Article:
Nontuberculous mycobacteria (NTM) are ubiquitous in the environment and found commonly in respiratory specimens. In many laboratories, the majority of mycobacteria recovered from respiratory samples are NTM. The term colonization has been used when NTM are recovered more than once and no specific pulmonary disease can be demonstrated. It is not clear whether a low-grade infection exists or if the secretions are contaminated by environmental organisms. The clinical presentations of pulmonary MAC may vary. The three most common forms of presentations in immunocompetent host are 1) Preexisting lung disease (COPD, old TB) with fibrocavitory or/and reticulonodular appearance -, 2) No preexisting lung disease: focal bronchiectasis and nodular lesions in right middle lobe and lingula: the “Lady Windermere Syndrome” and 3) Atypical presentations like focal masses and solitary nodules. In severely immunocompromised hosts, disseminated MAC is more common. In 1997, ATS issued a guide to diagnose pulmonary disease caused by NTM and one exclusion criteria was the presence of other diseases such as TB. Studies on coexisting lung infection from NTM and MTB and its complications are limited with no clear guidelines for management.
22 year old African American female without prior medical history presented with a 3 weeks of fever and productive cough. HIV test was negative twice and Tuberculin Skin Test (TST) showed no induration. The patient was cachectic, Chest X-Ray and Chest-CT showed consolidation of the right lung and bronchiectasis. The patient was admitted with diagnosis of pneumonia and started on Ceftriaxone/ Azithromycin which was later changed to Gatifloxacin without improvement of symptoms. Several sputum specimens collected for Acid Fast Bacilli (AFB) smear were negative. Bronchoalveolar lavage (BAL) and trans-bronchial biopsy were smear-positive for AFB and pathology showed granulomatous inflammation. Rifampin, Isoniazid, Pyrazinamide and Ethambutol (RIPE) was started. On day 13 of admission the patient had a right-sided pneumothorax which required a chest tube. Later three sputum and BAL/Biopsy cultures were positive for MAC, all other cultures were positive for MTB(pan-sensitive). Because of the patient’s persistent high-grade fever and hypoxemia after 4 weeks on RIPE,empiric treatment for MAC with Clarithromycin and Rifabutin was added and Rifampin was discontinued. The patient improved with combined treatment for MTB and MAC. She was discharged home after 2 months of treatment. She returned 3 days later with a new right-sided pneumothorax. Chest CT showed development of a bronchopleural fistula. The patient is being evaluated for surgical pleurodesis.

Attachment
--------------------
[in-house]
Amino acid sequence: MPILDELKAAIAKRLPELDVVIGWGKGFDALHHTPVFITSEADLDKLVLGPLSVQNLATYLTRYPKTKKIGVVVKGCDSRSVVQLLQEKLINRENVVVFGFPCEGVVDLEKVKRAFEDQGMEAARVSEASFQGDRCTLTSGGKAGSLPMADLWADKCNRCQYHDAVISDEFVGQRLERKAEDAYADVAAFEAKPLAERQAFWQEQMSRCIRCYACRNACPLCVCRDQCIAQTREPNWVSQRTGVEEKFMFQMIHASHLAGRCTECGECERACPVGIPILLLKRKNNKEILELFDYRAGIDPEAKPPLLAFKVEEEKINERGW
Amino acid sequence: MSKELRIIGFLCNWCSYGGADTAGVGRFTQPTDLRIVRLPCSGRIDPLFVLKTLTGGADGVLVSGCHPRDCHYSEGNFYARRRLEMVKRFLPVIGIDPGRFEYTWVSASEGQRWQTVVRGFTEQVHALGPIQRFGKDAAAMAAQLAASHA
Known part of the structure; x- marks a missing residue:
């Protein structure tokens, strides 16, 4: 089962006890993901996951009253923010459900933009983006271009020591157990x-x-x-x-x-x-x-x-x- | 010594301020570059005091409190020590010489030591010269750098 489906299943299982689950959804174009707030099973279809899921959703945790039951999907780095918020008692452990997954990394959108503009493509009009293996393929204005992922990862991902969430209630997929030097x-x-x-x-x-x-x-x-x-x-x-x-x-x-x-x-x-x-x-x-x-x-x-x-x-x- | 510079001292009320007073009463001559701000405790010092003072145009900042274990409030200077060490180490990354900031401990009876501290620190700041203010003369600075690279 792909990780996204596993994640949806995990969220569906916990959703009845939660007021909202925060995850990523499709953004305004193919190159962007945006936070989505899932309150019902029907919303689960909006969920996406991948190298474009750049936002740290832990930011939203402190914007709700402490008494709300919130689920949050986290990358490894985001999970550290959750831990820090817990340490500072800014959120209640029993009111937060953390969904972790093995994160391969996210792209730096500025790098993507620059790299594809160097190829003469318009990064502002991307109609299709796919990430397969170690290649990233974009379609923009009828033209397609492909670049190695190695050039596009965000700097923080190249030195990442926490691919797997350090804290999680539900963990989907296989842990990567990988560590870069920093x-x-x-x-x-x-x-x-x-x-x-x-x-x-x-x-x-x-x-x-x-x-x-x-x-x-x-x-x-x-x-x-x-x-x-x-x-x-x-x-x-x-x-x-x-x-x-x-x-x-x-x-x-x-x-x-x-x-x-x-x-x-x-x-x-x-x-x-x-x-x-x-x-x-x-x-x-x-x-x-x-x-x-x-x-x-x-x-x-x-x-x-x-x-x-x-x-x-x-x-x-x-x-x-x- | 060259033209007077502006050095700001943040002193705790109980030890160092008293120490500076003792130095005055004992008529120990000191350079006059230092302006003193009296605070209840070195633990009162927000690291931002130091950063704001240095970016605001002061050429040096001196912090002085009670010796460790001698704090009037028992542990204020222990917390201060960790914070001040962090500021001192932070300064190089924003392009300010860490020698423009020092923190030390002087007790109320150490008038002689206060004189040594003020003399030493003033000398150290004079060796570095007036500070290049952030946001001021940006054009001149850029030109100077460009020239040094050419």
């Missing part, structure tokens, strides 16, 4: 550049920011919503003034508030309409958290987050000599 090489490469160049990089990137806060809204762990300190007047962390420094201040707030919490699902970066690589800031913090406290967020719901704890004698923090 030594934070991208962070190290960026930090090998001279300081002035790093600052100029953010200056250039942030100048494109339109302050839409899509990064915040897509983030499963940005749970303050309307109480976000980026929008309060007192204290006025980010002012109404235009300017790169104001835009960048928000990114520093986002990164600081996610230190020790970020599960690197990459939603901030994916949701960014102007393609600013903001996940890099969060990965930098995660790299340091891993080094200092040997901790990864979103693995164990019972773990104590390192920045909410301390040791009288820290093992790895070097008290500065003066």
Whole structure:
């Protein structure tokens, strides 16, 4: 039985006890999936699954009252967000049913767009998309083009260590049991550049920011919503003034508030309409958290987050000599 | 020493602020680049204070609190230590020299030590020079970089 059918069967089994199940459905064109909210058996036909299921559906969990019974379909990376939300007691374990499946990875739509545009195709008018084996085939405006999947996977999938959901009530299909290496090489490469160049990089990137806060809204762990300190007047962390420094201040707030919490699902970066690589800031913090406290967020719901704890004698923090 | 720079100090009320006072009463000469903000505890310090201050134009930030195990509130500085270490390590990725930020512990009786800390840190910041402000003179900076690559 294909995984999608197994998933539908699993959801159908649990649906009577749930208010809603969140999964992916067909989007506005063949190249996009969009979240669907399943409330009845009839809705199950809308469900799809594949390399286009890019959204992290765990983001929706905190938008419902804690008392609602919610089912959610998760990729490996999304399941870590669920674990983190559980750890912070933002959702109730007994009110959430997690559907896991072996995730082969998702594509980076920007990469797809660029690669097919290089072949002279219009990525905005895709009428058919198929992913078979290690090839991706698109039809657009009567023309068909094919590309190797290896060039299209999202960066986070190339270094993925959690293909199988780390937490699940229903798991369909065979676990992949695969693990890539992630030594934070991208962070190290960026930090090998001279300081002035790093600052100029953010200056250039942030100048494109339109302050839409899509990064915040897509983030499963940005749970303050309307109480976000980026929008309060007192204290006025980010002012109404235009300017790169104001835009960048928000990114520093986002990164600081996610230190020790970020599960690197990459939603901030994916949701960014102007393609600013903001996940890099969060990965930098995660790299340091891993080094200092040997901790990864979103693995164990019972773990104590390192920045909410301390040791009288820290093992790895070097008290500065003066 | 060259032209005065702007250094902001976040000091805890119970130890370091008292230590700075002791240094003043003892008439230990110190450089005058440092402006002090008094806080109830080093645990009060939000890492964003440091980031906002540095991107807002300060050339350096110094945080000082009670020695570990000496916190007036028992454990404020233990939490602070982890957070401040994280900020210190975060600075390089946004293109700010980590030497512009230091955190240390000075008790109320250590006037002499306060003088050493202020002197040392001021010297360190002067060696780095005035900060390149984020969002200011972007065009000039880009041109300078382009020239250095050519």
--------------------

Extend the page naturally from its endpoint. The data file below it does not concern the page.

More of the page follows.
The presence of M. tuberculosis in a pulmonary specimen makes a diagnosis of tuberculosis disease and the presence of MAC in such a setting is assumed to be colonization. The treatment of pulmonary disease caused by NTM in immunocompetent hosts can be difficult because of the length of treatment and side effects, and the addition of medication for MAC when MTB is isolated is usually not recommended. With the rise of awareness of NTM as a pathogen, this concept may change in situations where improvement in symptoms are not seen with anti-TB treatment alone. This patient may represent one of those cases. Most likely the patient improved from the anti-TB treatment but the addition of anti-MAC drugs may have played a role.
Further studies are needed when coinfection with NTM and MTB are present in immunocompetent individuals. Some patients in this setting may require combined treatment. The length of treatment needs to be evaluated case-by-case, until more studies become available.
J. Iqbal, None.